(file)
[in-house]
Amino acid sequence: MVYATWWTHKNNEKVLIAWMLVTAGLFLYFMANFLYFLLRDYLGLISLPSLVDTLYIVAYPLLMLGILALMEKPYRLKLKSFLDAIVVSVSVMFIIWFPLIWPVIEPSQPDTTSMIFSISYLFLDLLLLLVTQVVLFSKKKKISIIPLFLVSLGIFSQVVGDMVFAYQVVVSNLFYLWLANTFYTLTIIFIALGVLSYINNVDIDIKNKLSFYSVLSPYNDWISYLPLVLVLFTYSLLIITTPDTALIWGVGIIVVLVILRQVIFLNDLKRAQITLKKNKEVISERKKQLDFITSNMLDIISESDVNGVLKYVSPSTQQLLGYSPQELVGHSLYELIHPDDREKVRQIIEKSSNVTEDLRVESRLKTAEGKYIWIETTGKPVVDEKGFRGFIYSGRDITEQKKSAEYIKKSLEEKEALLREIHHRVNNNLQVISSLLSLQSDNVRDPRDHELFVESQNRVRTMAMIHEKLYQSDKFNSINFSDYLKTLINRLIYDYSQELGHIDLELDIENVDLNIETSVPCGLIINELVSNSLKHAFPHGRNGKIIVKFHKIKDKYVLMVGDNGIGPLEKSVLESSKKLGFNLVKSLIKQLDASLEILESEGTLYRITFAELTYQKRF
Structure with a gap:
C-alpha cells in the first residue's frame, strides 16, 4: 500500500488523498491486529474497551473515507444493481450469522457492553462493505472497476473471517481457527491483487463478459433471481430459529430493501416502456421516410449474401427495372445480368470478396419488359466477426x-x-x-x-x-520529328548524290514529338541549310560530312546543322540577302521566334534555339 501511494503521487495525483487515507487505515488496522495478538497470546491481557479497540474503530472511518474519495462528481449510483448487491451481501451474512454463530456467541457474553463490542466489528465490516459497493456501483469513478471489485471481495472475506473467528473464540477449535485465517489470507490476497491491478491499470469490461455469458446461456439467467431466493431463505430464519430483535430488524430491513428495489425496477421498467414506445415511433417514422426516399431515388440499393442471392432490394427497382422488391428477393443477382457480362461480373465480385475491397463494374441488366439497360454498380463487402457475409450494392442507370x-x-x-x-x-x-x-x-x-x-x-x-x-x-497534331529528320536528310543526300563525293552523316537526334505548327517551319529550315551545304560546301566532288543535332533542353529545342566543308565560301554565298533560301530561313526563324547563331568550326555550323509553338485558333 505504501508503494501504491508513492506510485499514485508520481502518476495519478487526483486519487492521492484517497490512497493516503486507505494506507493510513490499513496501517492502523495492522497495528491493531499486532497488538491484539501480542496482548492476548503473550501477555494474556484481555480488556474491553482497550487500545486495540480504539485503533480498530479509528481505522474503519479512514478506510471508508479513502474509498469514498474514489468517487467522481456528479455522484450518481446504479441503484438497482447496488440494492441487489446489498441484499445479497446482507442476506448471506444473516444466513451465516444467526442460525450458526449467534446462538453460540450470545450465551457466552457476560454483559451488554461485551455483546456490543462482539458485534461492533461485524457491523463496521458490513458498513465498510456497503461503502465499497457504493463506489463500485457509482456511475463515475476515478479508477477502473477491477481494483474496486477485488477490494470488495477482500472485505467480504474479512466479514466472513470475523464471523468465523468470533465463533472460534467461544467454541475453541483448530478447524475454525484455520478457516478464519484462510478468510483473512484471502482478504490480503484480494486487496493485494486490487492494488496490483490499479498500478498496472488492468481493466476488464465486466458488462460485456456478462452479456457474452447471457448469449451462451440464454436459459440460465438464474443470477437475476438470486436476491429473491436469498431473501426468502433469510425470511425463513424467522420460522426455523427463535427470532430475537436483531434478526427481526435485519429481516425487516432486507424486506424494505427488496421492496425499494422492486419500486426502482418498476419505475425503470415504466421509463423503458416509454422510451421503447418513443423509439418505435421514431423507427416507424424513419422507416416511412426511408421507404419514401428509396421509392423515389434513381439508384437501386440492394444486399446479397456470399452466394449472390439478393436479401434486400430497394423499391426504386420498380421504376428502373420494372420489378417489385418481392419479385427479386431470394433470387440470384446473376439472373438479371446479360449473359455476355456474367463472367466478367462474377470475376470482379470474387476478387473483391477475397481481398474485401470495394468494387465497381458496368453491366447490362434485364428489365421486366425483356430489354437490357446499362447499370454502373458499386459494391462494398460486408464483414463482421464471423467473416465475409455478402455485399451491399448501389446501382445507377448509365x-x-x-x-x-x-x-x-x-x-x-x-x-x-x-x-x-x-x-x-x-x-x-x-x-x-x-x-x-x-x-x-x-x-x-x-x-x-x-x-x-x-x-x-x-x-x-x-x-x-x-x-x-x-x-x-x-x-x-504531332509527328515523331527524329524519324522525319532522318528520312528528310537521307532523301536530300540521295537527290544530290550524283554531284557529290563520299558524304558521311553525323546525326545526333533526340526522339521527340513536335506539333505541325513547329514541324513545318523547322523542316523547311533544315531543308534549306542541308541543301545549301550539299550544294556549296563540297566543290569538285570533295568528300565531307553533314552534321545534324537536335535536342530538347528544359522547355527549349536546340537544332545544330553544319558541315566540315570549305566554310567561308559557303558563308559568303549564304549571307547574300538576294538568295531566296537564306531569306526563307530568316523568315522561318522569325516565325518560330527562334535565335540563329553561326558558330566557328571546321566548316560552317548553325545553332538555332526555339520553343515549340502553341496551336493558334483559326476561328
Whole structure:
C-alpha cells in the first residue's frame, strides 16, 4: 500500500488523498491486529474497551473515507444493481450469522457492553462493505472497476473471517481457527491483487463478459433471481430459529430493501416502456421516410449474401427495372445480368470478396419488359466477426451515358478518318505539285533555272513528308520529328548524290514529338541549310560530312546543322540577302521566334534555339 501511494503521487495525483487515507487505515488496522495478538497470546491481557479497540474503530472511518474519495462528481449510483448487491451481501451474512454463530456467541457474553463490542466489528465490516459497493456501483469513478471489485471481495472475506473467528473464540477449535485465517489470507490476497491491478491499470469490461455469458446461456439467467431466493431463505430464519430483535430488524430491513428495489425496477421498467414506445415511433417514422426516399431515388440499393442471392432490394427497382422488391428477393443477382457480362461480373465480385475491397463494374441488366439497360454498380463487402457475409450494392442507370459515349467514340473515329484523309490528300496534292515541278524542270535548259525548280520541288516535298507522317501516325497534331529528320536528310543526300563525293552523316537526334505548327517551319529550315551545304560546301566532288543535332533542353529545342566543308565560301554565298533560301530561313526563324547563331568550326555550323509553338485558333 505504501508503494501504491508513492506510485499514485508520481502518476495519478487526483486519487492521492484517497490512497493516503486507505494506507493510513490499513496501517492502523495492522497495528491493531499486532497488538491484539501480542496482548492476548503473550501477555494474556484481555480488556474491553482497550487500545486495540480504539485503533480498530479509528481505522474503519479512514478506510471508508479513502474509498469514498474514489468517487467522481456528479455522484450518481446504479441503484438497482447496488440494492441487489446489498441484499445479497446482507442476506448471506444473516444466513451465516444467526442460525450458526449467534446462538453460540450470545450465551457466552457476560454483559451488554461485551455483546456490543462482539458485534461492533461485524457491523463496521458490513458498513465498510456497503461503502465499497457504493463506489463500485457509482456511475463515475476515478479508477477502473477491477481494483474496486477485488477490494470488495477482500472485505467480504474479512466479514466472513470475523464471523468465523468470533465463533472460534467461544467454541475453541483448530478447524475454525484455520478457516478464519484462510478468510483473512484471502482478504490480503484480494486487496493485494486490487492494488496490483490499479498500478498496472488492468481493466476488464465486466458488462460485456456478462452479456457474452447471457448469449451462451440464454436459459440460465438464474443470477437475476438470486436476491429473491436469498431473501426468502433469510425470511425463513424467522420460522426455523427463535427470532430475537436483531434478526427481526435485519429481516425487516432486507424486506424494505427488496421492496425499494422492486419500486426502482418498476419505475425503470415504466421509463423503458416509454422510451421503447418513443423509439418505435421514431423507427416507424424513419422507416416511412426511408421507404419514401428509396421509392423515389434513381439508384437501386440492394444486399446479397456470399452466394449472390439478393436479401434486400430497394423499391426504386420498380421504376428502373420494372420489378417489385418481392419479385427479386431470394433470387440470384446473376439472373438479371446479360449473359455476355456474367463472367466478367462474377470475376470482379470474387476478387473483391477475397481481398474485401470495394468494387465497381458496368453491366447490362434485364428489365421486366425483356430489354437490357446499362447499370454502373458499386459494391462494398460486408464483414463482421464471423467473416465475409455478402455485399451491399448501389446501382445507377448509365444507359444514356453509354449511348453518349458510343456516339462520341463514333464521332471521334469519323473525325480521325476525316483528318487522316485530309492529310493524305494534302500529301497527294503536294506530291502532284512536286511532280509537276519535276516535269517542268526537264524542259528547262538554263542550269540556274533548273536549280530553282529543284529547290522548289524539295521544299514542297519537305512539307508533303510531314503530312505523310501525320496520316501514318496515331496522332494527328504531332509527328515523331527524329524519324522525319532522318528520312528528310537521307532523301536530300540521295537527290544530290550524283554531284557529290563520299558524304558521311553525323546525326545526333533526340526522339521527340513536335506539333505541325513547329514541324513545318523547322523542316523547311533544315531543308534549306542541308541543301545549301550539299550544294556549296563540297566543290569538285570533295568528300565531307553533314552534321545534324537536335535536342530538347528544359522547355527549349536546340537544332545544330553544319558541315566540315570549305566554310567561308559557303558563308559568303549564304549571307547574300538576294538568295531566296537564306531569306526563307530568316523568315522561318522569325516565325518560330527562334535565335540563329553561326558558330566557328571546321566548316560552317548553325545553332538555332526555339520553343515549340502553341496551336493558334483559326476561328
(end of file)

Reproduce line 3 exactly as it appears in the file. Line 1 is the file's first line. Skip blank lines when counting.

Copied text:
Structure with a gap: